Lately, I have been mulling over the idea about starting a blog.  As is now apparent, I decided to give it a go.  My idea is to use this platform as a way of sharing about myself and my creative process.  I hope you all enjoy reading about my daily life, its struggles, and its rewards.

Last Thursday afternoon, I had to stop practicing because my right wrist was bothering me.  Once I realized that I would just need a few days of rest and that I didn't have tendinitis, I almost welcomed the guilt-free break.  I finally finished the season of Dexter I had been crawling through and hung out with a million friends I never had the time to see.  It felt so great to be real college kid.

But after a day, it stopped being all that fun.  My deadlines weren't going away and neither was the soreness in my wrist.  At this point unable to restrain my frustrations, I began speaking (ranting) to all of my colleagues about my issue. I suspect that I sounded rather dramatic when explaining this "grave" problem I had.  My embarrassment reached an all-time high when I discovered that one of my pianist friends was recovering from tendinitis... (she was gracious enough to still take a silly picture with me)

While this sobering and humbling experience did much to repress my outward emotion, I was still a wreck on the inside.  I mean, seriously.  Imagine having five essays due and not being able to write them without the great possibility of ruining your ability to write at all for the next semester.  I was in a panic!

On the third night of my recovery, I found myself alone in my dark room.  Sulking amidst my hand creams, anti-inflammatories, and wrist braces, I began to (perhaps selfishly) wonder how much non-pianists even considered the athleticism and coordination required to play the piano.  So, I dug a little deeper and realized that even I didn't fully consider them.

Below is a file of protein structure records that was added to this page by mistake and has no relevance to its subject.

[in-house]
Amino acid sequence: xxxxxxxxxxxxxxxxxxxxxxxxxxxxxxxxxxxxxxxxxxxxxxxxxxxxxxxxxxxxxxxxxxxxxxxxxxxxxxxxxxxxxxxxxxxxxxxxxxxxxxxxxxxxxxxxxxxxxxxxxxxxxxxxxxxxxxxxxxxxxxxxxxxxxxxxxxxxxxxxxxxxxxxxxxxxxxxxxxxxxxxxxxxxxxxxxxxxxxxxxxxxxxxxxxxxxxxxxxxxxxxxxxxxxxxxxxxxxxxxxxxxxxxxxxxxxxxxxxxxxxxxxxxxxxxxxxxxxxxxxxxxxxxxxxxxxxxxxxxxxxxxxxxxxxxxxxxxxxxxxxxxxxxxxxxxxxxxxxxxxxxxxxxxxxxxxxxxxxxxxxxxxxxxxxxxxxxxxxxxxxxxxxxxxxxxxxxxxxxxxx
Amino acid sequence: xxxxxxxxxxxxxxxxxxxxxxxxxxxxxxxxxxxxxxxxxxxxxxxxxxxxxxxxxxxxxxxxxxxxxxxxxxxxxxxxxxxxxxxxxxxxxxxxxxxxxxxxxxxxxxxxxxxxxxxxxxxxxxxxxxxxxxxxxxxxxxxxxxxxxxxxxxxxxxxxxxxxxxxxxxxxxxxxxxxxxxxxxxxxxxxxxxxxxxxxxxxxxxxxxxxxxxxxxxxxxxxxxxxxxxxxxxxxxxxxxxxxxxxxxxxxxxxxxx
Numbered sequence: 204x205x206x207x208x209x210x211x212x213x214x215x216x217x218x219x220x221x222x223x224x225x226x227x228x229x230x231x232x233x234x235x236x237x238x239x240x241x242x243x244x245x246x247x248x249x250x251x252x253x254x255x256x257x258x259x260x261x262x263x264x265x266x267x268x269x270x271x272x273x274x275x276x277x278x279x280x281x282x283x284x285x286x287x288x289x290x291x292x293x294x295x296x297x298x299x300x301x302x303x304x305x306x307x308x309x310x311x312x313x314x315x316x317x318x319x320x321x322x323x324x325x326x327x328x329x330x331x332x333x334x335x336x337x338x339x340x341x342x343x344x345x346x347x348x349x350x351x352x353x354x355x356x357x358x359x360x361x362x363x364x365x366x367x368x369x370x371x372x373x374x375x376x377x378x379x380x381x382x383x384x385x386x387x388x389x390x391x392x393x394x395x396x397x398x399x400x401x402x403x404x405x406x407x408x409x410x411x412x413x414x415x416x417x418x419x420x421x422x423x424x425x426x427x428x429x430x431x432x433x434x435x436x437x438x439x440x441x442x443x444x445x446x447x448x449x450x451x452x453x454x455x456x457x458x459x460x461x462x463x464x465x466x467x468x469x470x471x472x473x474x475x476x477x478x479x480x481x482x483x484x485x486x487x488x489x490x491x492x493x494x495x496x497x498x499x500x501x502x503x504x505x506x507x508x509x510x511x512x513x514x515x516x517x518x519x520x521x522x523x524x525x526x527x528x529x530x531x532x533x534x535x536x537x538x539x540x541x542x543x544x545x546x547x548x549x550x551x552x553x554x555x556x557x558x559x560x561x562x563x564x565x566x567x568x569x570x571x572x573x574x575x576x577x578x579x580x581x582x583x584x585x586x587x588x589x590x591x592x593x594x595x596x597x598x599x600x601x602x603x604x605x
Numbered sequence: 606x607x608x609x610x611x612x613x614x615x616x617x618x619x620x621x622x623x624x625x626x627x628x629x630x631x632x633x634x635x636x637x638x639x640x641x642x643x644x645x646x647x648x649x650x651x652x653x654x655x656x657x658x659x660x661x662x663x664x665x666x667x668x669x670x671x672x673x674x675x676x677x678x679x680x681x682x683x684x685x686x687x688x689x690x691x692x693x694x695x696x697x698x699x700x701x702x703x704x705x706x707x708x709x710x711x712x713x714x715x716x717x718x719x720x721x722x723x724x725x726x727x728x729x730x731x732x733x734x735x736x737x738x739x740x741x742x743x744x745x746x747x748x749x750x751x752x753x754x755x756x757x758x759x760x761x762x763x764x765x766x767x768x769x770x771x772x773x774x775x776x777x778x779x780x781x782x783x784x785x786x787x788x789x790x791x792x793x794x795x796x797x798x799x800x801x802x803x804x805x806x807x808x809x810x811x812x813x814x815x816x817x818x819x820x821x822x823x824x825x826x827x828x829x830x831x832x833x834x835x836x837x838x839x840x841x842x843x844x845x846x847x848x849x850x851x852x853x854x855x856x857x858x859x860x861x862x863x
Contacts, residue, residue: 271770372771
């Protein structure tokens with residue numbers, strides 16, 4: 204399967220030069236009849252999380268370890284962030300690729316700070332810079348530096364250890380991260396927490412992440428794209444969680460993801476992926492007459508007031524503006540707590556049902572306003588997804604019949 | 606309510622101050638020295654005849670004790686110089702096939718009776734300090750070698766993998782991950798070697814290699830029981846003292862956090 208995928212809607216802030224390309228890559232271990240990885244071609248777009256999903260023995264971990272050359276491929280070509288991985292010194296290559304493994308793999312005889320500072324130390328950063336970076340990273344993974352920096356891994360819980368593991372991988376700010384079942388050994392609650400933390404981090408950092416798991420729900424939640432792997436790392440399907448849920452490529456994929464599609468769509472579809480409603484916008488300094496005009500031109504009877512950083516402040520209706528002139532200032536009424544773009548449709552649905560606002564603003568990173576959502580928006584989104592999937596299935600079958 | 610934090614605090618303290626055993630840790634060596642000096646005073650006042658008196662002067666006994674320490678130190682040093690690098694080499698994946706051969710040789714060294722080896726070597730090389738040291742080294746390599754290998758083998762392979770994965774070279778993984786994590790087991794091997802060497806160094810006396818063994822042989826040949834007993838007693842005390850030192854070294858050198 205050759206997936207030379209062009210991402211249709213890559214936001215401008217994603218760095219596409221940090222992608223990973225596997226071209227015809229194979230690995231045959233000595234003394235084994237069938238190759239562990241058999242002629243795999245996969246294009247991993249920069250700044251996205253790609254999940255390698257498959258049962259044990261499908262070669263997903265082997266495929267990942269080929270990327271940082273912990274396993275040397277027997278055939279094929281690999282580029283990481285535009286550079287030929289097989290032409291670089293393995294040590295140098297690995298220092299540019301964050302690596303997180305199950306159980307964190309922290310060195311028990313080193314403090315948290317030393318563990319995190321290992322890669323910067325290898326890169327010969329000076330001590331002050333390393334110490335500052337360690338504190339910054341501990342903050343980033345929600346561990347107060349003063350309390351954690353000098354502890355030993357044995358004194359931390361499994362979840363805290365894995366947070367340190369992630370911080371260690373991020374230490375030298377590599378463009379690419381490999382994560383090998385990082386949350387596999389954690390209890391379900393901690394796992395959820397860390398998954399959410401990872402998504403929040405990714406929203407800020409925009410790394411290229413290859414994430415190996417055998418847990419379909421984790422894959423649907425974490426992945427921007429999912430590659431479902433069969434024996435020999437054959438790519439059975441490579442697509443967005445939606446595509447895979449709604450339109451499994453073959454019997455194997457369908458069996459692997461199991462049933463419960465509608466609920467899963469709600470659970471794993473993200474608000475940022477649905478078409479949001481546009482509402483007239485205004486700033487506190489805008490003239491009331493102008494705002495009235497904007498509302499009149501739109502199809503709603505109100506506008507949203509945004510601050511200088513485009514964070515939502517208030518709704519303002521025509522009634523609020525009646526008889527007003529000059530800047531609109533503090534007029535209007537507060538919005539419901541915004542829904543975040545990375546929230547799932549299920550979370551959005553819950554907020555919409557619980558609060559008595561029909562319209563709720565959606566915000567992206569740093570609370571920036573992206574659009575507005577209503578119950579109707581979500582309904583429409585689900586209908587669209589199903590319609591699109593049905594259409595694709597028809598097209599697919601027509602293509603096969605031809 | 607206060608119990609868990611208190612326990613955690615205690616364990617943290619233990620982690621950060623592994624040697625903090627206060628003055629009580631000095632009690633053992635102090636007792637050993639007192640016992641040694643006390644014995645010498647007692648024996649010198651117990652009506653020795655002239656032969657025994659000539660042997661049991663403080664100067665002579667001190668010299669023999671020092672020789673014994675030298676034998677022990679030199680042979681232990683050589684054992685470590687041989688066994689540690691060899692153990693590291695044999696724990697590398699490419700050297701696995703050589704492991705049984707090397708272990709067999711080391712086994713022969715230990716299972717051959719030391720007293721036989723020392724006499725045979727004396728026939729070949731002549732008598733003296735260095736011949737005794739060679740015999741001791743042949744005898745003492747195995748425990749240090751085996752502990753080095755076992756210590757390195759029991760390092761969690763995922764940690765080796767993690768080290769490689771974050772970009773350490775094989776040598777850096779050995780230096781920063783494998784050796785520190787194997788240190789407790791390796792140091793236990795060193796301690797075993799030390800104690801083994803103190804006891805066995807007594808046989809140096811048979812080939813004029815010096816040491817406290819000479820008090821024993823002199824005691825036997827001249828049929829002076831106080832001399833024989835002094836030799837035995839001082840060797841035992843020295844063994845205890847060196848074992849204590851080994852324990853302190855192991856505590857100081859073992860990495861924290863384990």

Take Chopin's Fantasie Impromptufor example (not nearly the most technically demanding piece in piano repertoire).  Playing just one second of this piece requires 380 distinct motor actions. Keep in mind that this is what would be required to simply play the piece mechanically (WHAT?1).  Now, add to that the artistic and musical effects, the fact that this activity must be sustained over the course of the entire piece, AND the fact that performing pianists are expected to juggle a rather large amount of repertoire. 

It requires years of training to be able to precisely execute these fine-tuned actions without building up excess tension.  Pianists must also develop strong muscles in order to gain the stamina to keep this up for the duration of an entire concert.  Imagine having to pulse a two-pound dumbbell for an hour and a half.  Maybe it would seem ridiculously easy at first, but by the 70 minute mark, that may not quite be the case . . .

So, next time you come in contact with a pianist, make sure you get a good double-take on their hands and forearms.  You might be surprised!

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